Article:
Release Date: April 28, 2005
BUFFALO, N.Y. -- The University at Buffalo today announced that it is joining two organizations to demonstrate its commitment to making sure that clothing and other products bearing its name and marks are manufactured under fair, decent and humane working conditions.
UB is following the lead of other colleges and universities in joining the Worker Rights Consortium (WRC), a nonprofit organization of colleges and universities led by administrators, students and labor rights experts, and the Fair Labor Association (FLA), a nonprofit organization created to help eliminate sweatshop practices and improve working conditions in factories around the world.
"As a university, we are committed to doing our part to ensure that our name and logo only go on products we can be proud of, knowing where they were made and under what conditions," said Dennis R. Black, UB vice president for student affairs, who made the announcement at a press conference.
Noting that UB is in compliance with New York State's sweatshop legislation and State University of New York policy on manufacturing standards and conditions, Black added that with the move to join the WRC and FLA, "UB has now adopted a national model to do its part in addressing an international concern. Beginning today, UB insists that all items with its name or marks reflect commitments to fair labor and workers rights."
The push to have UB affiliate with a national organization addressing sweatshop issues came from UB Students Against Sweatshops, a group of concerned students who have encouraged the university to affiliate with the WRC and worked with the university administration to bring representatives of both groups to campus last fall to explore options.
"In this case, a small but dedicated group of students educated the educators," Black noted. "This affiliation represents new partnerships; a new partnership between UB and the monitoring groups, and a new partnership between UB and UB students."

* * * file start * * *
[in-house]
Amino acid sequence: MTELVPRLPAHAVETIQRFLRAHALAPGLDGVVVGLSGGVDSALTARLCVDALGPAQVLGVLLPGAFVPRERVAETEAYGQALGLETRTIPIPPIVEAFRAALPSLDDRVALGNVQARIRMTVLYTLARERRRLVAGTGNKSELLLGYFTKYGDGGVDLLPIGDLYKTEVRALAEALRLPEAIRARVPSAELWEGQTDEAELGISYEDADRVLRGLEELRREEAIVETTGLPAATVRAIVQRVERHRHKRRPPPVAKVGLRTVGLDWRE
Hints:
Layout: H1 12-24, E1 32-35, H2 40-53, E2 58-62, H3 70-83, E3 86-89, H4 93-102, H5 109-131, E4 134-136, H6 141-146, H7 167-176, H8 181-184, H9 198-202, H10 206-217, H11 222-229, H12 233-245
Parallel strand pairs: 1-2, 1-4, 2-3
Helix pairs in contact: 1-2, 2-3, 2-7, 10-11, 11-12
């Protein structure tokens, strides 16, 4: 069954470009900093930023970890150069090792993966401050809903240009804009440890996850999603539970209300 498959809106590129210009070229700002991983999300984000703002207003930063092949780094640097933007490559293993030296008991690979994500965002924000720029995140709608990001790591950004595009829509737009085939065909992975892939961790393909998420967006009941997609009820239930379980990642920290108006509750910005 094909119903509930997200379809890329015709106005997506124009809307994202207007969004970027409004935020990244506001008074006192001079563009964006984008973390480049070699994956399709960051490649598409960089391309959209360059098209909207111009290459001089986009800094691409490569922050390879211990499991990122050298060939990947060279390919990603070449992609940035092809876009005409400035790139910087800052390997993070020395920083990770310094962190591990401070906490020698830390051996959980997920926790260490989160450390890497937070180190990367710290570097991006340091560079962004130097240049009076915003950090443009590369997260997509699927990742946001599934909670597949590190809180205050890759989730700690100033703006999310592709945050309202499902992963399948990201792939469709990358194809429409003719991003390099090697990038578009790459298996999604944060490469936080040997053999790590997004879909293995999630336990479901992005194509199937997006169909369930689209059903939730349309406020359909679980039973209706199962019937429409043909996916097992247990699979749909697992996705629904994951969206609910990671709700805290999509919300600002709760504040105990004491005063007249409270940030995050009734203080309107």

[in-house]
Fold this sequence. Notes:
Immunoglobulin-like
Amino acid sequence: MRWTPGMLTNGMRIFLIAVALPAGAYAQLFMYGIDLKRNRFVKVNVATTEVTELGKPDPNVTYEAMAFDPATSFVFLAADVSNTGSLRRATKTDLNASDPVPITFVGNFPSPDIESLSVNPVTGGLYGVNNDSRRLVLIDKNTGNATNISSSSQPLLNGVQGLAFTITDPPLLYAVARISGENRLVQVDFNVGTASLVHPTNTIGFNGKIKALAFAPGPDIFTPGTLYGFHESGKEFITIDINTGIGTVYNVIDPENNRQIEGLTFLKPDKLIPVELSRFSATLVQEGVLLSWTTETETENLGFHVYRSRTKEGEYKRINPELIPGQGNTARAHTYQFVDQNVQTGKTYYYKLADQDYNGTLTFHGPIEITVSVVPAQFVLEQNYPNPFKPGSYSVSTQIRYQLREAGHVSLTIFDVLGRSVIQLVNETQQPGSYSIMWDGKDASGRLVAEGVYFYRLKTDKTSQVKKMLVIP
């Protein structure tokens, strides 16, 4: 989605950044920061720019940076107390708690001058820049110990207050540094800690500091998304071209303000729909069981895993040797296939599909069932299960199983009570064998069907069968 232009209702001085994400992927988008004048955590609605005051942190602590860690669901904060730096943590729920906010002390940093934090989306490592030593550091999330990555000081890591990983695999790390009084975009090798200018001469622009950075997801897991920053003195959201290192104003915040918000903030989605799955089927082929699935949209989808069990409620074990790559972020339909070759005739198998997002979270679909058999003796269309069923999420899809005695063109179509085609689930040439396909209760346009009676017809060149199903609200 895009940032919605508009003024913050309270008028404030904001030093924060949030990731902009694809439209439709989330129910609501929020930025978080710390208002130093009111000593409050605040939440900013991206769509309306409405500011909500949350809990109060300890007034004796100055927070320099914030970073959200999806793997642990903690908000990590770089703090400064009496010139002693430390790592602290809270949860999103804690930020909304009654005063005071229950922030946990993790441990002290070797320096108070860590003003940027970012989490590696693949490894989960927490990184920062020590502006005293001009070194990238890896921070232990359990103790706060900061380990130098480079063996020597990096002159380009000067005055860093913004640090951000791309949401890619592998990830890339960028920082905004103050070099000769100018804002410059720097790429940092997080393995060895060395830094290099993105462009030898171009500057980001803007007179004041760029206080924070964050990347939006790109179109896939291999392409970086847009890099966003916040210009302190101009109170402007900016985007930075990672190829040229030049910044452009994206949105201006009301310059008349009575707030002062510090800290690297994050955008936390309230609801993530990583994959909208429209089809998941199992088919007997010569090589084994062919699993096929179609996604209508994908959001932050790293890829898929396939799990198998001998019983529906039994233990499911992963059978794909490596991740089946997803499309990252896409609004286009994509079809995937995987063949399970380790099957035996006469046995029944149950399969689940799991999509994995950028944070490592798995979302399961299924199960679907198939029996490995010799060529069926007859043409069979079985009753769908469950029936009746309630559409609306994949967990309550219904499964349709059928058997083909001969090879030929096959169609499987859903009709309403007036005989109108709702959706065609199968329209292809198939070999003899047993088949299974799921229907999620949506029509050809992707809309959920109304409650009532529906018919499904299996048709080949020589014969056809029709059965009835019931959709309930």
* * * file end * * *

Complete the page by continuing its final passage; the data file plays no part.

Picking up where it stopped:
Dan Cross and Rachel Wilson, members of UB Students Against Sweatshops (UBSAS), praised the university's decision.
"We are very pleased with President John Simpson's decision to join the Worker Rights Consortium," said Dan Cross, a graduating member of UBSAS. "After three years of campaigning, we're proud to see the university take a strong stand against sweatshops."
Rachel Wilson, a sophomore member of UBSAS, noted that "in the past decade, universities have shown their apparel programs give them a lot of influence over conditions in apparel factories. By joining the Worker Rights Consortium, UB is ensuring its apparel program will help, rather than hinder, working struggles across the globe.
"When President Simpson came to UB and realized students, faculty, and staff were pushing for a stronger anti-sweatshop policy, he was quick to take action," Wilson added. "Without his facilitation and cooperation, we wouldn't have made this monumental breakthrough for workers' rights."
Cross noted that "when a workforce is being beaten, overworked, underpaid and placed in hazardous situations, with some of its members even being killed, it is incumbent upon progressive institutions to stand up in protest. Today, UB has done just that."
Black said that 134 colleges and universities are affiliated with WRC and 191 with FLA. He said UB decided to affiliate with both, as have 79 other institutions.
"Many institutions have done this, seeking the most comprehensive approach possible by affiliating with both labor and industry, rather than favoring one approach over the other," Black noted.